Barret Brown Gagged by Order of the Court

Now, in order to protect his right to a fair trial, Barrett Brown and his attorneys have been told that they must not talk to the media, whether press, TV or blogs, about anything to do with the trial. "To protect that right to a fair trial," states the order, "it is necessary for the court to take limited steps to restrain Counsel and Defendant from making prejudicial statements to the press and media."

"This gag order seems somewhat ridiculous," writes TechDirt. "The idea that having Brown or his legal team talking to the press would somehow unfairly bias the jury in his case is ridiculous."

Some observers, comments the Guardian, "see the hearing in the opposite light: as the latest in a succession of prosecutorial moves under the Obama administration to crack-down on investigative journalism, official leaking, hacking and online activism."

Others see the trial of Barrett Brown as potentially more sinister. The primary charge is that he "did knowingly traffic in more than five authentication features knowing that such features were stolen and produced without lawful authority, in that Brown transferred the hyperlink '' from the Internet Relay Chat (IRC) channel called '#Anonops' to an IRC channel under Brown’s control called '#ProjectPM,' said hyperlink provided access to data stolen from the company Stratfor Global Intelligence, to include 5,000 credit account numbers, the card holders’ identification, and the authentication features for the credit cards known as the Card Verification Values (CVV), and by transferring and posting the hyperlink, Brown caused the data to be made available to other persons online without the knowledge and authorization of Stratfor Global Intelligence and the card holders."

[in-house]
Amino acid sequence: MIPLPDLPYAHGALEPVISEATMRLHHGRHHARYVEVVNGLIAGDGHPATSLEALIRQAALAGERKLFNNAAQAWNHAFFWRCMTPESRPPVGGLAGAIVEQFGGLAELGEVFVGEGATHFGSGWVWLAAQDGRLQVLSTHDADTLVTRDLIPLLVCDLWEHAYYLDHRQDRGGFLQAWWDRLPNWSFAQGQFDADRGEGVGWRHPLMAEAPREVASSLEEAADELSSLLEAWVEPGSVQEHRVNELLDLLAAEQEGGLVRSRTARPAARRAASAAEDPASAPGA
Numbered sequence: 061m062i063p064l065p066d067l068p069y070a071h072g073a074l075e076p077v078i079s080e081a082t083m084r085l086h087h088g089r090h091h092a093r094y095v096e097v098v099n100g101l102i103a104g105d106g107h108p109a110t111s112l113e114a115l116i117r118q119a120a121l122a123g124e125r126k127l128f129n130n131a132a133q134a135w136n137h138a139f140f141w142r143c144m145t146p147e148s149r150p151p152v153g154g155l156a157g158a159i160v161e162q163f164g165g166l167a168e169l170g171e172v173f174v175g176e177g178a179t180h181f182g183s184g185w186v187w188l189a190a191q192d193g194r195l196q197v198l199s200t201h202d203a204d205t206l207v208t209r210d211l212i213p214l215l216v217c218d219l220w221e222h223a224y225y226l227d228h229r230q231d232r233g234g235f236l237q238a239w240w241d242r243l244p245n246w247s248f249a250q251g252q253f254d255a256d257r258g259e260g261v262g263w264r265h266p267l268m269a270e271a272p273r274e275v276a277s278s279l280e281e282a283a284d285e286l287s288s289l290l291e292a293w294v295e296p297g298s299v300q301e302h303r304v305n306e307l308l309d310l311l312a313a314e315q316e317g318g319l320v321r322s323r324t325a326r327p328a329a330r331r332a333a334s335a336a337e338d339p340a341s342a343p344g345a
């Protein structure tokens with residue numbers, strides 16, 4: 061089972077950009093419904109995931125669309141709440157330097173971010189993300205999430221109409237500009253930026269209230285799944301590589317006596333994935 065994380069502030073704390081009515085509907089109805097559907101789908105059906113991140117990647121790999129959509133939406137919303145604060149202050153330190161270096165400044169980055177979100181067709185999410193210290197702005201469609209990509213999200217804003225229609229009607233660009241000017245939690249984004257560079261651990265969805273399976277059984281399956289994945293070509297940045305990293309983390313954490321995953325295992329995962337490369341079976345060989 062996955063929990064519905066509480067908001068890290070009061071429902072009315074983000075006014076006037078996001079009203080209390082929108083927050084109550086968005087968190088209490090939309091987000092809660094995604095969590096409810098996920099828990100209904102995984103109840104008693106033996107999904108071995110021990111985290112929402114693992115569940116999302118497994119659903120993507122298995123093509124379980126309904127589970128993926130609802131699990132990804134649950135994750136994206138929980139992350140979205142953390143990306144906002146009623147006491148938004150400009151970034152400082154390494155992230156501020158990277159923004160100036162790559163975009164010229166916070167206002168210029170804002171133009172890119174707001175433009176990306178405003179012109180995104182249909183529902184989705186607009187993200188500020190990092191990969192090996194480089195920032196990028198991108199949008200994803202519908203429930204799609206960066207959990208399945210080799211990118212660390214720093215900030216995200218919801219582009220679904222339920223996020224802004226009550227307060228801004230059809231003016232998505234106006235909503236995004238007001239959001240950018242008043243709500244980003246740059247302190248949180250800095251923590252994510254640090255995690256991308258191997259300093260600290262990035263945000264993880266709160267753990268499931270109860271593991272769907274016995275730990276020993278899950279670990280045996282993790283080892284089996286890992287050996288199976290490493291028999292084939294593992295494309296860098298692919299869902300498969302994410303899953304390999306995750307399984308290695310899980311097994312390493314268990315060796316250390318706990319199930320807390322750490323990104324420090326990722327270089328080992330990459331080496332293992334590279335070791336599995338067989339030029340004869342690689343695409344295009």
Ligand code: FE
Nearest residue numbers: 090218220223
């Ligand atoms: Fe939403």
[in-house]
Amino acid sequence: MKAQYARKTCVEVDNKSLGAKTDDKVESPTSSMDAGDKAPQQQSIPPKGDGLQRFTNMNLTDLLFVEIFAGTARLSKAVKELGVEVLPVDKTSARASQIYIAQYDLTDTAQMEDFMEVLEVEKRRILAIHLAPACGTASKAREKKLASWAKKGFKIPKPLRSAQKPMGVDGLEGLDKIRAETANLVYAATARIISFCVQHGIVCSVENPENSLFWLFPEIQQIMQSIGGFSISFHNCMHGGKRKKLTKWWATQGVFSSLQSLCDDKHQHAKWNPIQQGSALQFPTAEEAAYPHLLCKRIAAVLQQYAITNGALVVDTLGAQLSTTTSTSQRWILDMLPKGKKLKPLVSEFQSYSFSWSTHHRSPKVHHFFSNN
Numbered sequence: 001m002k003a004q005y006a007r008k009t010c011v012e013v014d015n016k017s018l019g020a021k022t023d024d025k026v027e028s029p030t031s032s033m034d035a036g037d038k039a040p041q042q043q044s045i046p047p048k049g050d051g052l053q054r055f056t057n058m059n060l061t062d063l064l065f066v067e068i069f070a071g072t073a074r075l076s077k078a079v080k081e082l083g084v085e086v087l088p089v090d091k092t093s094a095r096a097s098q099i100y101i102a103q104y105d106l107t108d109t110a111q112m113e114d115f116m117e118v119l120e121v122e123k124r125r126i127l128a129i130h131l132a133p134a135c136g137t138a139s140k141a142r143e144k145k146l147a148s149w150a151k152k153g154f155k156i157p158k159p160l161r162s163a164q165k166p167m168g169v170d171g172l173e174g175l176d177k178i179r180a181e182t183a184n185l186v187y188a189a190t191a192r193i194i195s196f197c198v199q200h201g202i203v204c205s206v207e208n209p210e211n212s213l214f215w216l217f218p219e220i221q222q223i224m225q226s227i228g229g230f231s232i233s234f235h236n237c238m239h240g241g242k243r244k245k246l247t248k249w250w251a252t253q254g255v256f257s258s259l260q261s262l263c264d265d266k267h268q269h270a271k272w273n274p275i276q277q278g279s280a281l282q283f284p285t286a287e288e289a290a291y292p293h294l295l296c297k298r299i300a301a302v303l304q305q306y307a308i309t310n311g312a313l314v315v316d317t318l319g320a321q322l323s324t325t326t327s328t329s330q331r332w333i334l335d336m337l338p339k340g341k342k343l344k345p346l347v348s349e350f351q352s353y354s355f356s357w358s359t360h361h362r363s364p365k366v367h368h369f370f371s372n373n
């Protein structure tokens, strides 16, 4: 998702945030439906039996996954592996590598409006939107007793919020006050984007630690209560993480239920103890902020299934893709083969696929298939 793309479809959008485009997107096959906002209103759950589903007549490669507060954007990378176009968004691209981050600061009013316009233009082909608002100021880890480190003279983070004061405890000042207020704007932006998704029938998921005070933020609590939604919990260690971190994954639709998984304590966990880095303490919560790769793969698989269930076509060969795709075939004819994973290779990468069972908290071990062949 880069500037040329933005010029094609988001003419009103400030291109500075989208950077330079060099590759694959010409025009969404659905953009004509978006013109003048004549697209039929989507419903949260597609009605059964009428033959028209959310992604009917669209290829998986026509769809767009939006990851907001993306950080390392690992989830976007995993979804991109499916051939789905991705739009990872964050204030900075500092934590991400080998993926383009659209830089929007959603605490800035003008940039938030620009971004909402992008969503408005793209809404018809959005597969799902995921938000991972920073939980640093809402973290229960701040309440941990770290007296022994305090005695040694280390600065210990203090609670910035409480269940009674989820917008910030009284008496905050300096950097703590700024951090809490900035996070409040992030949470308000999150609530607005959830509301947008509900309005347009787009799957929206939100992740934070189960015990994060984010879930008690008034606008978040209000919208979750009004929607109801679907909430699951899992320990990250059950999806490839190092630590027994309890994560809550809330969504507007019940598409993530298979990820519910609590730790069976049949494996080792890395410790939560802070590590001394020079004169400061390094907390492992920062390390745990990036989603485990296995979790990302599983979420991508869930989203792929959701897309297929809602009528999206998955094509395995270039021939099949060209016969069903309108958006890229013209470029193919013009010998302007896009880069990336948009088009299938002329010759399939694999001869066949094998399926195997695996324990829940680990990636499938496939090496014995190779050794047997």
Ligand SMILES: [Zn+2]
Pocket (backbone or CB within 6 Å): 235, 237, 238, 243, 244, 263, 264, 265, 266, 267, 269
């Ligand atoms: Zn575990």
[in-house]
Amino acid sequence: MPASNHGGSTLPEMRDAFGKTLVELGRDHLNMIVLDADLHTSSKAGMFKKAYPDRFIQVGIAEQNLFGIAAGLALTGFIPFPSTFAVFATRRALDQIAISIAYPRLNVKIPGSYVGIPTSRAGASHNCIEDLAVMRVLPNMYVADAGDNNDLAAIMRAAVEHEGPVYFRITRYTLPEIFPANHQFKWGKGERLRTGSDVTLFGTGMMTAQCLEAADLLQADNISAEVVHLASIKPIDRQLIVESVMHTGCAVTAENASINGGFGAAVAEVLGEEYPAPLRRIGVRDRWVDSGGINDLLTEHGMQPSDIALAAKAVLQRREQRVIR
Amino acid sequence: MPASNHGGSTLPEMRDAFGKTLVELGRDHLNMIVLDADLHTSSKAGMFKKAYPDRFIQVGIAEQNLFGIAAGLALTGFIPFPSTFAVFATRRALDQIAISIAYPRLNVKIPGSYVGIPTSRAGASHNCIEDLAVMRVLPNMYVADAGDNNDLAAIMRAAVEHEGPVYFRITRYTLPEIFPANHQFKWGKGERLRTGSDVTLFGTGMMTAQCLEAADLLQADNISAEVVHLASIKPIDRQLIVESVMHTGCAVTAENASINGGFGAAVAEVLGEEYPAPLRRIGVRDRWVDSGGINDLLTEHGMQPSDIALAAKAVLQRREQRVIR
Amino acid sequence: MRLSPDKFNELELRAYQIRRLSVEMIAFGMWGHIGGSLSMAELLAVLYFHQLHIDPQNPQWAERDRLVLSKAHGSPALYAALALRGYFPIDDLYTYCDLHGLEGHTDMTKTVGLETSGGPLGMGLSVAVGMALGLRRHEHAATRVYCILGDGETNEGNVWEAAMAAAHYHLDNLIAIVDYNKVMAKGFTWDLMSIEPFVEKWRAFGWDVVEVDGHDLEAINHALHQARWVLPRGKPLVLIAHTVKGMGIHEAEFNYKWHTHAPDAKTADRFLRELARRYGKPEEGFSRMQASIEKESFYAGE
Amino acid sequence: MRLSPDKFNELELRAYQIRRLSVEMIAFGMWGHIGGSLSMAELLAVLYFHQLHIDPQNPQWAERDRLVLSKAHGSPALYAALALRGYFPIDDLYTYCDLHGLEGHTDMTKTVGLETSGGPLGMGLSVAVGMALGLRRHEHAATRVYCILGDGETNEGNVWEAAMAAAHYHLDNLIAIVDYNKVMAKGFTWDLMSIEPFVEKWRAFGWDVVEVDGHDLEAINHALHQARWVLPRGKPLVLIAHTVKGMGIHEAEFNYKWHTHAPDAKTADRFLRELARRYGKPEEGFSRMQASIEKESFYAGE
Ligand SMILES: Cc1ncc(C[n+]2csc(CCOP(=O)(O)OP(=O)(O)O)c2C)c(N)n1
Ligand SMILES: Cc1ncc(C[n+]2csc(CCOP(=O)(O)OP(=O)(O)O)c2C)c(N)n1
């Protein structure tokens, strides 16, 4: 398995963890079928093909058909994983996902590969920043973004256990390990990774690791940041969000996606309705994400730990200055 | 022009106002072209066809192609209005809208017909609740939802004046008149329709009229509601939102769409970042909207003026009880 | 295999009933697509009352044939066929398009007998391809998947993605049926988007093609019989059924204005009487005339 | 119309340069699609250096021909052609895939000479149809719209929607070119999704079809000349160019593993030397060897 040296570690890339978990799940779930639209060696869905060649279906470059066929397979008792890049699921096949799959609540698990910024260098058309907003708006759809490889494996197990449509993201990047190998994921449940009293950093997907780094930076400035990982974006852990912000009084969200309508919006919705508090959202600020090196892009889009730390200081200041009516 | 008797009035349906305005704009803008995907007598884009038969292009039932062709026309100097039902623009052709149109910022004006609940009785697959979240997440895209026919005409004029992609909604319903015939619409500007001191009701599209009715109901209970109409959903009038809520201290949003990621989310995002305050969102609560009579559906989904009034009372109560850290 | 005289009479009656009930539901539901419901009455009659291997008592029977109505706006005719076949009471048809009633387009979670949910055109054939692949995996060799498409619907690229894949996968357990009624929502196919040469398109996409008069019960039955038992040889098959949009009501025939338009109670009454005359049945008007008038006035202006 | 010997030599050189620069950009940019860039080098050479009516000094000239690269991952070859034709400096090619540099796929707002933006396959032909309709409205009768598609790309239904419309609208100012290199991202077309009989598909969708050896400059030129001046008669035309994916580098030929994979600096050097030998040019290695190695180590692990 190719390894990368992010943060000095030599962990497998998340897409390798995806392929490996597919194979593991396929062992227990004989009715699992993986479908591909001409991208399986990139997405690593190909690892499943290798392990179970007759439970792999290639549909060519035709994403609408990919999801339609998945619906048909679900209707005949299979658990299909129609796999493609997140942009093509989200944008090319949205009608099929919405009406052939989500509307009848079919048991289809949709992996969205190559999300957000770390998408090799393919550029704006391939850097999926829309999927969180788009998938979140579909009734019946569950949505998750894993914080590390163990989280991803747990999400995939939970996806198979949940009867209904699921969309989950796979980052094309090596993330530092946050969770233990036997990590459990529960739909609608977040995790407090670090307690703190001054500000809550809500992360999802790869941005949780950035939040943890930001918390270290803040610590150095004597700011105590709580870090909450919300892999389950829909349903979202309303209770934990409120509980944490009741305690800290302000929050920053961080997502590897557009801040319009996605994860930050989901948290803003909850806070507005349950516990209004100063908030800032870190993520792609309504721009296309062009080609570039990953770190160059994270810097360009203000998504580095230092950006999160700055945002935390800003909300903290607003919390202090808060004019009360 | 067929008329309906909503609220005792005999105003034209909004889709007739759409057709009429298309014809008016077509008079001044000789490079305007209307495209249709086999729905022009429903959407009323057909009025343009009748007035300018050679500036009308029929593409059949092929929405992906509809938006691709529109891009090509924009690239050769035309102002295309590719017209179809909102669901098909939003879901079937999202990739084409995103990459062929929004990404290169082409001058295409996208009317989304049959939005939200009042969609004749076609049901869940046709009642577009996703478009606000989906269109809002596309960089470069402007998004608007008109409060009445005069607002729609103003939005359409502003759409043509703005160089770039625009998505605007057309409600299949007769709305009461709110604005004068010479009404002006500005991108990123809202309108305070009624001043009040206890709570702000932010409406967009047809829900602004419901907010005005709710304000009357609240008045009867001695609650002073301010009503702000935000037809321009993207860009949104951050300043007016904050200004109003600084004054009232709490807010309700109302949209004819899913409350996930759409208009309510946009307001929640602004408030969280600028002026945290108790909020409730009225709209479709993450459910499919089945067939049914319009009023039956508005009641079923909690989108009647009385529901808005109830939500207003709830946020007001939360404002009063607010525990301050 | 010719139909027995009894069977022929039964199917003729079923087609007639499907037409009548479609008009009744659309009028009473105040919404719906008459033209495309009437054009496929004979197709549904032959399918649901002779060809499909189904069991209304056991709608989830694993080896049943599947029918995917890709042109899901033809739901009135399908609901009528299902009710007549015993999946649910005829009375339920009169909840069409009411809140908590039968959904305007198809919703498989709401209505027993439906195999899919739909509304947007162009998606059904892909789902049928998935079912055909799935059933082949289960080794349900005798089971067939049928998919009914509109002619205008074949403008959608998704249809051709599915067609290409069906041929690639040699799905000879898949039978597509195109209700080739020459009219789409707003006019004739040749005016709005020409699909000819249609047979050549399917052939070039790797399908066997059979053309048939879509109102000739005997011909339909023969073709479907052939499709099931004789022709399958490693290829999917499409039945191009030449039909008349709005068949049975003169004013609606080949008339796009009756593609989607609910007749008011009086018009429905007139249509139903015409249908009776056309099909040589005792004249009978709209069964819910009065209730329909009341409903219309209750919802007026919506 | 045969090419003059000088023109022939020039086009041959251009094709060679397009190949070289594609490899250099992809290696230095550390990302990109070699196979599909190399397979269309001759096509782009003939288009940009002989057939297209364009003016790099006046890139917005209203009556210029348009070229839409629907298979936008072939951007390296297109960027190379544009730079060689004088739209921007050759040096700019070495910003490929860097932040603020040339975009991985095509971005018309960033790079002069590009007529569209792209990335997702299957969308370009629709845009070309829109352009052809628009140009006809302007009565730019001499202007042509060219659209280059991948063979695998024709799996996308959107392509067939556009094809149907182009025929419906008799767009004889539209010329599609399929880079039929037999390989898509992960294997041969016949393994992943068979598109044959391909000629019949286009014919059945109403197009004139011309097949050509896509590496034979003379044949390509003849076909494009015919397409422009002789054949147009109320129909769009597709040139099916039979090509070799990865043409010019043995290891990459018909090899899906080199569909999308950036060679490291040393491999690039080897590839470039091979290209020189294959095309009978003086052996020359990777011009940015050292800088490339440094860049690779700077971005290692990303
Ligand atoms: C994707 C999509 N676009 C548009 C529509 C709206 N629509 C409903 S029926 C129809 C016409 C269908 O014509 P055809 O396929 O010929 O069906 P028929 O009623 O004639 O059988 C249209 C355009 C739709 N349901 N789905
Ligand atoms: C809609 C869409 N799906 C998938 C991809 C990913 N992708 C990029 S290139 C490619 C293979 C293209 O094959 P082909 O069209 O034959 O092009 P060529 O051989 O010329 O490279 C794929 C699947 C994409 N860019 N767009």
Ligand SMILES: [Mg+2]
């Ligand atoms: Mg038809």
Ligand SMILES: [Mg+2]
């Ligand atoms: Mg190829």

In short, Brown is accused of publishing a link to a file containing stolen Stratfor data. He is not accused of being involved in the Stratfor hack, nor of making the files available on the internet, nor of profiting from the stolen data -- just posting a link to that data that was already on the internet. Journalists fear that this is a direct attack on their own freedom to publish -- not directly as a hindrance on the right to free speech, but indirectly by limiting the ability to prove the facts of their story with supporting links.

"For posting that link," says the Guardian, "Brown is accused of disseminating stolen information – a charge which media commentators have warned criminalizes the very act of linking."

Gigaom is less restrained. "Is Barrett Brown a journalist or an activist?" it asks. "Regardless of the answer, his case is an outrage." How is such a thing possible? it continues. "Isn't posting a link the type of thing that billions of people do every day — and isn't the process of posting a link to such material something journalists of all kinds do routinely? The answer to both of those questions is clearly yes."

One thing is certain - gag or no gag, controversy over the Barrett Brown case will continue unabated.

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